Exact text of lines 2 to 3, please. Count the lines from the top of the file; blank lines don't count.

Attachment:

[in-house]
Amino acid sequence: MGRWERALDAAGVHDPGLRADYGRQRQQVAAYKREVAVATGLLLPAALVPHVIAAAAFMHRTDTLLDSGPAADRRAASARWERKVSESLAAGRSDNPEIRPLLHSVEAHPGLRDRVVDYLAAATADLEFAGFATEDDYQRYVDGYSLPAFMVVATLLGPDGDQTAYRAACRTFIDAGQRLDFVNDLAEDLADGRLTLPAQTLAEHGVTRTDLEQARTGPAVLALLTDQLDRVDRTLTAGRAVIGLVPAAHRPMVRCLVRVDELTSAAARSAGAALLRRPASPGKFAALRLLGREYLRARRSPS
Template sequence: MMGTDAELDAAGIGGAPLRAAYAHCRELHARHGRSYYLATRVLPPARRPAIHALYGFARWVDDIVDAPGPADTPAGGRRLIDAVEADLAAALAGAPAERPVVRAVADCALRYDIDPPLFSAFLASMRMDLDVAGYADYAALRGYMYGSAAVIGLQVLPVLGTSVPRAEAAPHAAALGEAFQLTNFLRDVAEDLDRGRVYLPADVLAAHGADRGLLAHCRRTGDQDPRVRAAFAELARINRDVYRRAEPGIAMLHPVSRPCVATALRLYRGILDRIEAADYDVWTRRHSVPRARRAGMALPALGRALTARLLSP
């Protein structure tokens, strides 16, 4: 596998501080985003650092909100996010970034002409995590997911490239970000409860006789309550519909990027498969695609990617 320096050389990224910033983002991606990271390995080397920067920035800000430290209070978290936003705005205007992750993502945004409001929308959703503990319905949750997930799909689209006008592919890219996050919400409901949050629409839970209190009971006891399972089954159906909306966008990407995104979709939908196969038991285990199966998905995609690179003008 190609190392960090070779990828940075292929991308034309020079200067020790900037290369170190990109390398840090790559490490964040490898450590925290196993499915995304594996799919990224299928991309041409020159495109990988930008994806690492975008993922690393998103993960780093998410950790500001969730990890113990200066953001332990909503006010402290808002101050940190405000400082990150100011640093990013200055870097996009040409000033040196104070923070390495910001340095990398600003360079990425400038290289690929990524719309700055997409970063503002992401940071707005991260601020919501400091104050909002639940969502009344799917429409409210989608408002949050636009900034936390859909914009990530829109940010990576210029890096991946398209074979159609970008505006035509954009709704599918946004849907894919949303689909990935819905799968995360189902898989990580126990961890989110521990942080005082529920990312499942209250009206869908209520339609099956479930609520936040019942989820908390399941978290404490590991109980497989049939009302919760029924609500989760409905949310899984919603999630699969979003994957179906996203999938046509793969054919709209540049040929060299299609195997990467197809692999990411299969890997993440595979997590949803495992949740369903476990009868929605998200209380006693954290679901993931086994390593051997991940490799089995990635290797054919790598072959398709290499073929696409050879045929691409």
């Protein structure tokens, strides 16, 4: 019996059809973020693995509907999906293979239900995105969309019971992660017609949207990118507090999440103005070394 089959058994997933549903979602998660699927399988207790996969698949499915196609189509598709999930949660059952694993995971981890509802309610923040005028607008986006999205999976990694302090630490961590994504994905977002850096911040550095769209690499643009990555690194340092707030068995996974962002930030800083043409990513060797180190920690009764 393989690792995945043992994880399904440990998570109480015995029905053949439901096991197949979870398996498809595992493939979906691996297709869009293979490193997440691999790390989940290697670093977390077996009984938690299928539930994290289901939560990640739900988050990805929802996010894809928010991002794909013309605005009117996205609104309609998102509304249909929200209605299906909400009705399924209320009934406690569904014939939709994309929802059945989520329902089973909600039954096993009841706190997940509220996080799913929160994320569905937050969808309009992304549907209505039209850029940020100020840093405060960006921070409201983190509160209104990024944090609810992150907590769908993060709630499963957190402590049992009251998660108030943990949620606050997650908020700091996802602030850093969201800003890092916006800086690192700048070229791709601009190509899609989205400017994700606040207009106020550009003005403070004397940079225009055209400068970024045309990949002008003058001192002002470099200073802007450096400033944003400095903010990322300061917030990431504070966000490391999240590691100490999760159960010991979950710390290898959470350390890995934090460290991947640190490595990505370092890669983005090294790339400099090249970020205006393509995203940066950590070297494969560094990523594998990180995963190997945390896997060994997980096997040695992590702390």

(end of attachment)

Amino acid sequence: MGRWERALDAAGVHDPGLRADYGRQRQQVAAYKREVAVATGLLLPAALVPHVIAAAAFMHRTDTLLDSGPAADRRAASARWERKVSESLAAGRSDNPEIRPLLHSVEAHPGLRDRVVDYLAAATADLEFAGFATEDDYQRYVDGYSLPAFMVVATLLGPDGDQTAYRAACRTFIDAGQRLDFVNDLAEDLADGRLTLPAQTLAEHGVTRTDLEQARTGPAVLALLTDQLDRVDRTLTAGRAVIGLVPAAHRPMVRCLVRVDELTSAAARSAGAALLRRPASPGKFAALRLLGREYLRARRSPS
Template sequence: MMGTDAELDAAGIGGAPLRAAYAHCRELHARHGRSYYLATRVLPPARRPAIHALYGFARWVDDIVDAPGPADTPAGGRRLIDAVEADLAAALAGAPAERPVVRAVADCALRYDIDPPLFSAFLASMRMDLDVAGYADYAALRGYMYGSAAVIGLQVLPVLGTSVPRAEAAPHAAALGEAFQLTNFLRDVAEDLDRGRVYLPADVLAAHGADRGLLAHCRRTGDQDPRVRAAFAELARINRDVYRRAEPGIAMLHPVSRPCVATALRLYRGILDRIEAADYDVWTRRHSVPRARRAGMALPALGRALTARLLSP